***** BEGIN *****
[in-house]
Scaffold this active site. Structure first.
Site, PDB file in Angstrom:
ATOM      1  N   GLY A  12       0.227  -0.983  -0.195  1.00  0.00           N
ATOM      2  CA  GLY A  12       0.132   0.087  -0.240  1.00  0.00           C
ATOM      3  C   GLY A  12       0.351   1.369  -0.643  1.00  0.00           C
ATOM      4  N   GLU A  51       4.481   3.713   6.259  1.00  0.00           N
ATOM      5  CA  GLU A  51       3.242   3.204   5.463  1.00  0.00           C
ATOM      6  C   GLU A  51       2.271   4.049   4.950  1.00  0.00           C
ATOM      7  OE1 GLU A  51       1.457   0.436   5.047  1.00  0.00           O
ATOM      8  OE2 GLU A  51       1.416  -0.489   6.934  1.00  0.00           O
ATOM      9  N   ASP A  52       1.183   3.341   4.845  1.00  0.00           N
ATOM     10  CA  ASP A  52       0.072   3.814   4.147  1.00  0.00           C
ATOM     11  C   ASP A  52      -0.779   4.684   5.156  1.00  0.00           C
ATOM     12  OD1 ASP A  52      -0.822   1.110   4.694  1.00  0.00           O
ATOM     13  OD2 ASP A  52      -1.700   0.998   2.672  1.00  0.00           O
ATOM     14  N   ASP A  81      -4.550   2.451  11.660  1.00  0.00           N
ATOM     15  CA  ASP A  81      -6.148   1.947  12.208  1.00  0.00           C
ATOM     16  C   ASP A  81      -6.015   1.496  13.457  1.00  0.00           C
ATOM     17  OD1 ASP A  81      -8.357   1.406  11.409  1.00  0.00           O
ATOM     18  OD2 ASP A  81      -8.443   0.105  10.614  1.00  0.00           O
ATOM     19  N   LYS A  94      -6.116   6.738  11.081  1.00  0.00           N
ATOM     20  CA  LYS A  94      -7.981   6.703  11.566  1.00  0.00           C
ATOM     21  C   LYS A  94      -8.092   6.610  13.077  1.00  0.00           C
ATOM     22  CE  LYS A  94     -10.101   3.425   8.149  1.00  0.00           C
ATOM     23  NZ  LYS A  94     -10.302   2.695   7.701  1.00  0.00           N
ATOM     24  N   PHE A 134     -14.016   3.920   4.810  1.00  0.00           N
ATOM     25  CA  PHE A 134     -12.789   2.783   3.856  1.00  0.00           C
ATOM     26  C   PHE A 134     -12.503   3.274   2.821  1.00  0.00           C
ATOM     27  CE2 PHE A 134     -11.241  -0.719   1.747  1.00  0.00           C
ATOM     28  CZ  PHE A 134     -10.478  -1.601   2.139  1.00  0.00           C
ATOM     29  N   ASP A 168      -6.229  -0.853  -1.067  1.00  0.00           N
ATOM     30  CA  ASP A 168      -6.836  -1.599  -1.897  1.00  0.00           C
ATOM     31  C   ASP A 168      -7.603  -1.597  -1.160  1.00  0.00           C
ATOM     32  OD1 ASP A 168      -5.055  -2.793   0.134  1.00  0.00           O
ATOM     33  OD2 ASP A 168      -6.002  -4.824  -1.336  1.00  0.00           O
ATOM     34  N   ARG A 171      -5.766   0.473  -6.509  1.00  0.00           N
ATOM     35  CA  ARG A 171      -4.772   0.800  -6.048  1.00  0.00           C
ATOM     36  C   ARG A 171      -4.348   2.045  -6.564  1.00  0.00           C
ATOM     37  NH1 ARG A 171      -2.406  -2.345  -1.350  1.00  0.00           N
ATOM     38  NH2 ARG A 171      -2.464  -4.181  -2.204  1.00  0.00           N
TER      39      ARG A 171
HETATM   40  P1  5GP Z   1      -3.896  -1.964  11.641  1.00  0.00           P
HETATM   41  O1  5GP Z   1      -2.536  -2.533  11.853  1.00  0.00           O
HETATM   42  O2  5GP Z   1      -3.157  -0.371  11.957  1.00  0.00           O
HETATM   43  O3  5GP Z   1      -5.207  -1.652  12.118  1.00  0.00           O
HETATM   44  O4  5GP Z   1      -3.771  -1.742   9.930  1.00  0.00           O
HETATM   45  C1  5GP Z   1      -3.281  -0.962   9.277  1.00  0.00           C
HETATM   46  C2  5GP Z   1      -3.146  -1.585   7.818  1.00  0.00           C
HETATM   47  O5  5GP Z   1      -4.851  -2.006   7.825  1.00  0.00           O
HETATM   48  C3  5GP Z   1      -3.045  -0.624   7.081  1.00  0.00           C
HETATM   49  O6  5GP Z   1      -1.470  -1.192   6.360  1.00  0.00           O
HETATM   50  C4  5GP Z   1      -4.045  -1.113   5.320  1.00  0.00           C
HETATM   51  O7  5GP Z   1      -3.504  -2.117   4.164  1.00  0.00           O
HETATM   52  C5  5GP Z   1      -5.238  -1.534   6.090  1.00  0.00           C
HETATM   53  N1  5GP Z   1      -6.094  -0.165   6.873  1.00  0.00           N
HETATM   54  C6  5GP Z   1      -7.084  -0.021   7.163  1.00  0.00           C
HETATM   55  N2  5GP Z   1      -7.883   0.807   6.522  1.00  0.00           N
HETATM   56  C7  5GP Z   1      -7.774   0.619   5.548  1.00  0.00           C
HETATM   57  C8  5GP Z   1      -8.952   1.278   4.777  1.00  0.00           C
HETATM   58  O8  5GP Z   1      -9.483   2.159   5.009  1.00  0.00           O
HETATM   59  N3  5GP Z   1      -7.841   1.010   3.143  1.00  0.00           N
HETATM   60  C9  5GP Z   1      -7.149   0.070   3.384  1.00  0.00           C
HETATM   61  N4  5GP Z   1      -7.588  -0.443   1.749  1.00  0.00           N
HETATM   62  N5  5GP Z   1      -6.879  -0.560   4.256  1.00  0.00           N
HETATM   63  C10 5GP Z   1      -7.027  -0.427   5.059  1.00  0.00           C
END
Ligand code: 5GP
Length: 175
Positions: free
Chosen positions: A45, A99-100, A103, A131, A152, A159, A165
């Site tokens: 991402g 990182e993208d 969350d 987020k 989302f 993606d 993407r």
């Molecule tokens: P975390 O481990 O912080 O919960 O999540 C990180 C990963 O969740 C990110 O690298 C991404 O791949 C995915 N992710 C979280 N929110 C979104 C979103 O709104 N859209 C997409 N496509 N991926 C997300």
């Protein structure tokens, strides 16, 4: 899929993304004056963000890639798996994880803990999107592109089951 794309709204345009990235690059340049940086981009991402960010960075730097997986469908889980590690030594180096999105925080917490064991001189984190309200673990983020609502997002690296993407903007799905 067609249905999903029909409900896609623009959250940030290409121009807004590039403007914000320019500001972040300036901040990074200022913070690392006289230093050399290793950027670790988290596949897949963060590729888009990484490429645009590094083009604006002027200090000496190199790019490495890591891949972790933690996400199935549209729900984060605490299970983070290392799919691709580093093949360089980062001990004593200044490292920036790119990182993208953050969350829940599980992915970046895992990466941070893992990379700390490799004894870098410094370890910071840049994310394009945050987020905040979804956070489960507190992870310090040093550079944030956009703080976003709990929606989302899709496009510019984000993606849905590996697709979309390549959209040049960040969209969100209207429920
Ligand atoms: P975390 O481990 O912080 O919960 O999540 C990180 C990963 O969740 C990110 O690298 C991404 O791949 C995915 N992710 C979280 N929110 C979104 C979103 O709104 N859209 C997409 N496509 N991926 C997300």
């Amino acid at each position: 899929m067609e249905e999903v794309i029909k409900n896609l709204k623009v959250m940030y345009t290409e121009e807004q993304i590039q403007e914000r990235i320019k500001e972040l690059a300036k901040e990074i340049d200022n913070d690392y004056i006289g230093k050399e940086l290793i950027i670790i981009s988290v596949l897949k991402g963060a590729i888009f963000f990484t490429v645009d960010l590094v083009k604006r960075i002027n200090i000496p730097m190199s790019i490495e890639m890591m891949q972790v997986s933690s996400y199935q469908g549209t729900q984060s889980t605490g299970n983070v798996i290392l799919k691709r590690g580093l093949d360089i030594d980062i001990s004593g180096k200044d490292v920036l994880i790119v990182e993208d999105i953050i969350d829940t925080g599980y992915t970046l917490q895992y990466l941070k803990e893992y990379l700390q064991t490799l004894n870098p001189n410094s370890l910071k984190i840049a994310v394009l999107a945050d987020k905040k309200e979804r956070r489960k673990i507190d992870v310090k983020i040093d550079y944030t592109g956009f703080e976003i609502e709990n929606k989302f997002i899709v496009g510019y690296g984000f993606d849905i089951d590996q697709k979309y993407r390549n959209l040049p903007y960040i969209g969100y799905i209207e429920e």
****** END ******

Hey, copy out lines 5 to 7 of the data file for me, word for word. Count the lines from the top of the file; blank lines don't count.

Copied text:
ATOM      2  CA  GLY A  12       0.132   0.087  -0.240  1.00  0.00           C
ATOM      3  C   GLY A  12       0.351   1.369  -0.643  1.00  0.00           C
ATOM      4  N   GLU A  51       4.481   3.713   6.259  1.00  0.00           N